When public schools in Ann Arbor, Mich., closed last spring Betty, an undocumented domestic worker, feared losing her job if she stayed home to help her children navigate virtual schooling.
But even if she could stay home, she worried that she didn't have the English proficiency to support her daughter, a ninth-grader at a public high school in Ann Arbor, Mich.
"I know that I'd be able to help my son who is in fifth grade, but not my daughter," said Betty, who asked that her family be identified only by first names because of their immigration status.
Around the same time, Paula Manrique Pfeffer, a graduate education student at the University of Michigan, found herself being asked to supervise learning pods that were starting to form among families with means.
"I had so many job offers starting at $40 dollars per hour but I kept thinking about other students in need," she said.
As an activist with Movimento Cosecha, an immigrant-led advocacy group, she knew what parents like Betty were going through.
So she organized a group of undocumented families and created an in person learning hub for kids grades K thru 12. For the past six weeks, 24 students at Ann Arbor Community Learning Center have been doing their virtual classwork on computers provided by the public school district, with the support of the center's volunteers and teachers.
The center is hosted by the Church of the Good Shepherd, which has a long history of being an ally to local undocumented families. Back in 2017, it declared itself a sanctuary church to house undocumented immigrants facing a threat of deportation.
When the pandemic hit, the church stopped holding worship in person and the Rev. Deborah Dean-Ware said the opportunity to host the learning center was a way for their congregation to engage in its mission.
"To know that our building is being utilized in this way has been gratifying for the church," she said. "It's just a new way for us to live into being a sanctuary congregation."
There are an estimated 7.6 million undocumented workers in the U.S., according to the Pew Research Center. They often earn low wages and lack unemployment insurance or other social safety net. They are also a high risk group for COVID-19, and are less likely than the general population to be able to get the medical care they need if they get it.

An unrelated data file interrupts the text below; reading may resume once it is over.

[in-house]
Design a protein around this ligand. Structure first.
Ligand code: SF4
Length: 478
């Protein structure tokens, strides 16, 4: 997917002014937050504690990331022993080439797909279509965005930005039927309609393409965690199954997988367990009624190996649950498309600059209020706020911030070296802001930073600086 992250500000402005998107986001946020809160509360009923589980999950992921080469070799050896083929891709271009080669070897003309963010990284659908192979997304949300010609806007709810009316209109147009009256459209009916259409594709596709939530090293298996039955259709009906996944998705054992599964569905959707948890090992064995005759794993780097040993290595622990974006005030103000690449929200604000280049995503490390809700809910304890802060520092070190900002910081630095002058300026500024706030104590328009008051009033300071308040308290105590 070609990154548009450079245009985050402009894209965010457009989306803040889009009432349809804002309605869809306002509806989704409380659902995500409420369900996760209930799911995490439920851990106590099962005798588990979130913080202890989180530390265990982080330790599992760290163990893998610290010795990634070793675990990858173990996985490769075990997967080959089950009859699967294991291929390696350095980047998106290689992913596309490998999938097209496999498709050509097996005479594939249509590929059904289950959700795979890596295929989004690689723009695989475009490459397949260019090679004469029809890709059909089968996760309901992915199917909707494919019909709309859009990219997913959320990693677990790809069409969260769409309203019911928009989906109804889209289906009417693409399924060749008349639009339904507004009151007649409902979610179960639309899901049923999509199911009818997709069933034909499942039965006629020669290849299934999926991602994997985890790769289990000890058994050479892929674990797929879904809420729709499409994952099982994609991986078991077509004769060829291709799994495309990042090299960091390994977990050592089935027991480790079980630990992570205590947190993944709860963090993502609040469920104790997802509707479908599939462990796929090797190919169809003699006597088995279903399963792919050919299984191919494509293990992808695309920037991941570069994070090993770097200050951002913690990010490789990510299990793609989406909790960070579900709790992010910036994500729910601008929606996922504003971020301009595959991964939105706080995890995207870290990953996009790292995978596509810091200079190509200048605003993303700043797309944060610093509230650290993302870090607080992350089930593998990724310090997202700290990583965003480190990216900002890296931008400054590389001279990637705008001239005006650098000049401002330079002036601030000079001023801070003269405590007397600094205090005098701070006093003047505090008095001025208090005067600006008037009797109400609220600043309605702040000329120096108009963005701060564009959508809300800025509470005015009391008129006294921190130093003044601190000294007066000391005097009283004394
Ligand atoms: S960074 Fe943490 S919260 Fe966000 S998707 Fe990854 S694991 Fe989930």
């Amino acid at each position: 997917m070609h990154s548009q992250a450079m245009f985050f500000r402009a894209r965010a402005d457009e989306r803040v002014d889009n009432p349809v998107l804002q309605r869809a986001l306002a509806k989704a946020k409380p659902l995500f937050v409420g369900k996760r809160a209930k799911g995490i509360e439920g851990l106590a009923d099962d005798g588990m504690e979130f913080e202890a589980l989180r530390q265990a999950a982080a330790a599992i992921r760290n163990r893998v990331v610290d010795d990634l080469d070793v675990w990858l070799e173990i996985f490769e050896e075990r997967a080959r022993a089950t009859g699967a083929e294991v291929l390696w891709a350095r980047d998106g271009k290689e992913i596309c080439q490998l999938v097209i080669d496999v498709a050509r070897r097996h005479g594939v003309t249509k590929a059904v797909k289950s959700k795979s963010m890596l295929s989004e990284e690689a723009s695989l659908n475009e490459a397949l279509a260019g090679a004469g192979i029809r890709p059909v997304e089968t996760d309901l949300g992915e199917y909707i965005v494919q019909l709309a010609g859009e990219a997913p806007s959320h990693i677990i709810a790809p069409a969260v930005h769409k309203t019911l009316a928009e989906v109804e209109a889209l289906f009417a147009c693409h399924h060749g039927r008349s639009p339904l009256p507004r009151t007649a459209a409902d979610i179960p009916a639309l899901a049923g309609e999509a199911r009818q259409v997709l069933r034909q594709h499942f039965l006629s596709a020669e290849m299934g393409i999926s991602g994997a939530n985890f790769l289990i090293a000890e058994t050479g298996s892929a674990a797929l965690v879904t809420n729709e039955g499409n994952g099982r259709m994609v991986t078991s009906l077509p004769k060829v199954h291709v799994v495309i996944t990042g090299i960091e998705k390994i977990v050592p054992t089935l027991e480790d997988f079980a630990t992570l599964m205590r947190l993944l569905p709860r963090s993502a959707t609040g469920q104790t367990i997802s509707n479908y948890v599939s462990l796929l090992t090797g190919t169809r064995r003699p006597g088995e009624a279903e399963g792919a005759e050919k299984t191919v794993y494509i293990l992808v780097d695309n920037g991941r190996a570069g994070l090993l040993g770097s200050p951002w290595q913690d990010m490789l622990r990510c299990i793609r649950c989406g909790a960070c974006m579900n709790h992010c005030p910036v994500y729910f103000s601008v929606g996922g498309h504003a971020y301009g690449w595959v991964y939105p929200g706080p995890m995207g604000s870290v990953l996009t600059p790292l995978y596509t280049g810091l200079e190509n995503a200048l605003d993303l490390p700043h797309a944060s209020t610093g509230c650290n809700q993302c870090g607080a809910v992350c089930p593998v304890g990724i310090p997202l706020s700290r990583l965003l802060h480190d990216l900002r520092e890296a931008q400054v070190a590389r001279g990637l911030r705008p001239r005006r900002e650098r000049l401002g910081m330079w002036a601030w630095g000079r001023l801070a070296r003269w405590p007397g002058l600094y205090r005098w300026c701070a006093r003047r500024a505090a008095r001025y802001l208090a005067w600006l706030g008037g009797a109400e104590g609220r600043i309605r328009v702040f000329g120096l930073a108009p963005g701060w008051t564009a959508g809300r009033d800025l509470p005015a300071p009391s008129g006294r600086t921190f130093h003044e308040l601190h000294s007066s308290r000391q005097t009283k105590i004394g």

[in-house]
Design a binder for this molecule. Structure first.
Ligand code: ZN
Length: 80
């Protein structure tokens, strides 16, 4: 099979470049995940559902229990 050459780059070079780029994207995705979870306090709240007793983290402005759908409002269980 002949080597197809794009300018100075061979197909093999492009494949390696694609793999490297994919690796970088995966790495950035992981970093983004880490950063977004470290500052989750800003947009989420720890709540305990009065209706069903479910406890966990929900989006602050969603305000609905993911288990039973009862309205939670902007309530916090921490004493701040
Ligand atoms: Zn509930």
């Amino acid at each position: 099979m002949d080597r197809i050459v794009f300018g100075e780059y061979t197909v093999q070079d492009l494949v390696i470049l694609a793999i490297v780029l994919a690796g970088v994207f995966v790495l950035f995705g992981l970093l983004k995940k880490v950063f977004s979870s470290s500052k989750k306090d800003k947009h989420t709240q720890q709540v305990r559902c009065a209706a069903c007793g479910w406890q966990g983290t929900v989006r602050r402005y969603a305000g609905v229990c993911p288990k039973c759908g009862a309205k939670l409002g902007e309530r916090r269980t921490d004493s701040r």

Manrique says coordinating a learning center for undocumented families during a pandemic isn't just about creating a safe place for students, but also recognizing other challenges they face, like not having a driver's license.
"The first day of school we realized that the families need transportation, because a lot of them are undocumented and don't want to drive. So we got a car and a driver to pick them up and drop them off," Manrique said.
The learning hub is funded entirely by donations, and depends on parents like Betty who volunteers to clean the church after school.
The donations have allowed Manrique to hire Robin Armstrong, a licensed Montessori teacher and two part-time bilingual assistants to help with assignments the children get from their teachers in the virtual classrooms.
"As a Montessori teacher, it's very important for me to make sure they have the opportunity to engage in activities beyond the academic part," she said, adding that the kids go out on the church grounds to explore nature, play games and do some gardening.
Armstrong says the hardest part has been communicating through face coverings.
"It's hard to hear the kids through the mask," she said. "For some of the kids here we are trying to work on their language skills including reading and letter sounds and it's difficult to do that when I can't see their mouth and they can't see mine."